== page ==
- It is unlawful to limit, segregate, or classify its membership, or to classify or fail or refuse to refer for employment any individual, in any way which would deprive or tend to deprive any individual of employment opportunities, or would limit such employment opportunities or otherwise adversely affect his status as an employee or as an applicant for employment, because of such individual’s race, color, religion, national origin, sex, ancestry, age or disability.
- It is unlawful for any employer, labor organization, or joint labor-management committee controlling apprenticeship or other training or retraining, including on-the-job training programs to discriminate against any individual because of his race, color, religion, national origin, sex, ancestry, age or disability in-admission to, or employment in, any program established to provide apprenticeship or other training.
- For any employer or employment agency to print or circulate or cause to be printed or circulated any statement, advertisement or publication, or to use any form of application for employment or to make any inquiry in connection with prospective employment, which expresses, directly or indirectly, any limitation, specification, or discrimination, because of race, color, religion, national origin, sex, ancestry, age or disability unless based upon a bona fide occupational qualification or for an employment agency to fail or refuse to refer for employment, or otherwise to discriminate against, any individual because of his or her race, color, religion, national origin, sex, ancestry, age as it relates to employment, or disability, or to classify or refer for employment any individual because of his or her race, color, religion, national origin, sex, ancestry, age or disability.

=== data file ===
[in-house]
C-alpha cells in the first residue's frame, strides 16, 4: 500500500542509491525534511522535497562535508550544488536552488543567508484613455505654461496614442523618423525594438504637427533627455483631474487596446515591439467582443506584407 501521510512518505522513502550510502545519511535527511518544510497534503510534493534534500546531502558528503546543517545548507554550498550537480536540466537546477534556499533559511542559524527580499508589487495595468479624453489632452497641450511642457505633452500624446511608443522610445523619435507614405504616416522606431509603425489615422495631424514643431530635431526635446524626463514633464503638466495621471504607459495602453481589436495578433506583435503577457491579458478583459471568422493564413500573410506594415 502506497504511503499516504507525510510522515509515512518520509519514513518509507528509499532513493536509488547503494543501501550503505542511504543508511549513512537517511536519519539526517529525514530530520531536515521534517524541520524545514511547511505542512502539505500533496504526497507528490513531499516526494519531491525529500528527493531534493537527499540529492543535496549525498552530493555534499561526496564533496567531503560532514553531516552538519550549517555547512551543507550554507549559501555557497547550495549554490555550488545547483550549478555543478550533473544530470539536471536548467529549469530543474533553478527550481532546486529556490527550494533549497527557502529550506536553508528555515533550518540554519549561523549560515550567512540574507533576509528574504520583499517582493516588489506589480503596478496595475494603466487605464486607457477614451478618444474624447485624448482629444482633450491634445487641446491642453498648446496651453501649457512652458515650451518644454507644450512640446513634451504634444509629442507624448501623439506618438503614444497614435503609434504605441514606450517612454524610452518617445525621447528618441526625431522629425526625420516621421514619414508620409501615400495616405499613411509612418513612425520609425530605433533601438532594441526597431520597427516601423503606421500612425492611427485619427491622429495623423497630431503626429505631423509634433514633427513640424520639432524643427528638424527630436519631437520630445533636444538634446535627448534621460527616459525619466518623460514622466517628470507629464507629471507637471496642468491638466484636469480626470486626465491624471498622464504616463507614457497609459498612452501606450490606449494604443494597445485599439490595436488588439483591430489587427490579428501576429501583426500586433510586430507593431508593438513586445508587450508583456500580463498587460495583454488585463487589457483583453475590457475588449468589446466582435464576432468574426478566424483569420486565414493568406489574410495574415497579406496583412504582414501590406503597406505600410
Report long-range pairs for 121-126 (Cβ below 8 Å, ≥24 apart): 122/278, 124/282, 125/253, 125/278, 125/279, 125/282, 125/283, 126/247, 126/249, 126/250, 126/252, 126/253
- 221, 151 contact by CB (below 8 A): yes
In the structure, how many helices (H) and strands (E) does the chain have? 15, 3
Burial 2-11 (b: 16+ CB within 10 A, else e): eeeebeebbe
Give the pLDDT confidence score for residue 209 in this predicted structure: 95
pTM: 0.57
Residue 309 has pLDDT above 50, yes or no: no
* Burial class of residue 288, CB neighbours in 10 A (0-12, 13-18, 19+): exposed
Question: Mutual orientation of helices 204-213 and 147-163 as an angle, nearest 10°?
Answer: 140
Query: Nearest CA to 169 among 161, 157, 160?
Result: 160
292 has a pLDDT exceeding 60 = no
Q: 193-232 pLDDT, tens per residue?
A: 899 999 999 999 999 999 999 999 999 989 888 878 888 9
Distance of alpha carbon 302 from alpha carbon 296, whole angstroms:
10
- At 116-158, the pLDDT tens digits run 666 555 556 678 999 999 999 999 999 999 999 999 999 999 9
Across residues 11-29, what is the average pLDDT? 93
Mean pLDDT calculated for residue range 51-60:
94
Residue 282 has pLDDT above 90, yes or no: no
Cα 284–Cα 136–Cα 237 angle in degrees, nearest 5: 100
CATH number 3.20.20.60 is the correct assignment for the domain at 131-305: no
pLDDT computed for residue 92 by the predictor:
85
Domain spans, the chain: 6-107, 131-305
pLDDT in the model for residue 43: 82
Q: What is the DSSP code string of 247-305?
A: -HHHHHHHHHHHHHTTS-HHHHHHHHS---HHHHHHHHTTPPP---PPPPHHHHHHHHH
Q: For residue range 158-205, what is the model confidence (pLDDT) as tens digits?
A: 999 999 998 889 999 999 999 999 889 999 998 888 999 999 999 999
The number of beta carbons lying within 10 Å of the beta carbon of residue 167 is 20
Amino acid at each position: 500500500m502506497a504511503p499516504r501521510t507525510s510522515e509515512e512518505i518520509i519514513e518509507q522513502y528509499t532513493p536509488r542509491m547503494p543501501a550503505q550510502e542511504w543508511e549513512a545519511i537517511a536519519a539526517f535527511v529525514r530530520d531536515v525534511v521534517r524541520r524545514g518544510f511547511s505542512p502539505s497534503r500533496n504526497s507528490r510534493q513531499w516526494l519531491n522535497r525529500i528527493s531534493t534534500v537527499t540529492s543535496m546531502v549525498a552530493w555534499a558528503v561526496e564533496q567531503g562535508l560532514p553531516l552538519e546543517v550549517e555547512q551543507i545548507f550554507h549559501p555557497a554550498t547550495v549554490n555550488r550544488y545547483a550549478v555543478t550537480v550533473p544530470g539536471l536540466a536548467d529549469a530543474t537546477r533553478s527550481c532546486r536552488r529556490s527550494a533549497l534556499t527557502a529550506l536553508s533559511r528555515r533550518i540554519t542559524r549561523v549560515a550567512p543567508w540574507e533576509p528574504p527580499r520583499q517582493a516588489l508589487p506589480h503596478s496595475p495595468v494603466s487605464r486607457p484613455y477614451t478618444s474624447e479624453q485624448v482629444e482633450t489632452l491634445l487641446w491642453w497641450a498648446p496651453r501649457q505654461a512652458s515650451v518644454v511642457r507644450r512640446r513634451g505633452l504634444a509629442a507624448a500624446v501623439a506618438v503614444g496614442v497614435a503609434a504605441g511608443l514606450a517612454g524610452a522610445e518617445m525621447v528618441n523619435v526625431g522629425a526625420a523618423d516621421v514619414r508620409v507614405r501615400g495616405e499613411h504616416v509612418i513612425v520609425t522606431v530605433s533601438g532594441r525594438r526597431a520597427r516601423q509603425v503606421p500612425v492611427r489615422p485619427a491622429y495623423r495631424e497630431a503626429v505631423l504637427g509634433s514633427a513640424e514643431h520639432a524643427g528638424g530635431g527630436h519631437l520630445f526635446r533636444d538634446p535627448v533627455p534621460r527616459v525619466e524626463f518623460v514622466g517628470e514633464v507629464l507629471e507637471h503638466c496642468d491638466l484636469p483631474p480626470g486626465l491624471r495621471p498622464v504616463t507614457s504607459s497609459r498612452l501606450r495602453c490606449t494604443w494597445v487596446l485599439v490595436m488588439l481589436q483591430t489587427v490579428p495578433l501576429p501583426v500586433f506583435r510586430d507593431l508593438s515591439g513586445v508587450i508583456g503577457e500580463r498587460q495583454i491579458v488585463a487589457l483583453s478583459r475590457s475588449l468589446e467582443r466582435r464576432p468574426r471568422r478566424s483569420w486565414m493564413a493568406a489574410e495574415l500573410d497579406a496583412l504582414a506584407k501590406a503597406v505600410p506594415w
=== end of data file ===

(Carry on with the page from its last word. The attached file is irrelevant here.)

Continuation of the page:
- It shall not be an unlawful employment practice for an employer to apply different standards of compensation, or different terms, conditions or privileges of employment pursuant to a bona fide seniority or merit system, or a system which measures earnings by quantity or quality of production or to employees who work in different locations, provided that such differences or such systems are not the result of an intention or a design to discriminate, and are not used to discriminate, because of race, color, religion, sex, national origin, ancestry, age or disability, nor shall it be an unlawful employment practice for an employer to give and to act upon the results of any professionally developed ability test, provided that such test, its administration, or action upon the results thereof, is not designed, intended or used to discriminate because of race, color, religion, national origin, sex, ancestry, age or disability.
Missouri Minimum Wage
The current minimum wage according to Missouri employment law is $9.45. The minimum wage will increase by $0.83 every year until 2023.
- Tipped Employees- Employers are required to pay employees half of the current minimum wage. Currently a tipped employee should be paid $4.725. However, if the total compensation for the employee does not total the current minimum wage, the employer should compensate said employee the regular minimum wage amount.
- All businesses are required to pay at minimum, the $9.45 per hour rate, except retail and service businesses whose annual gross sales are less than $500,000.00.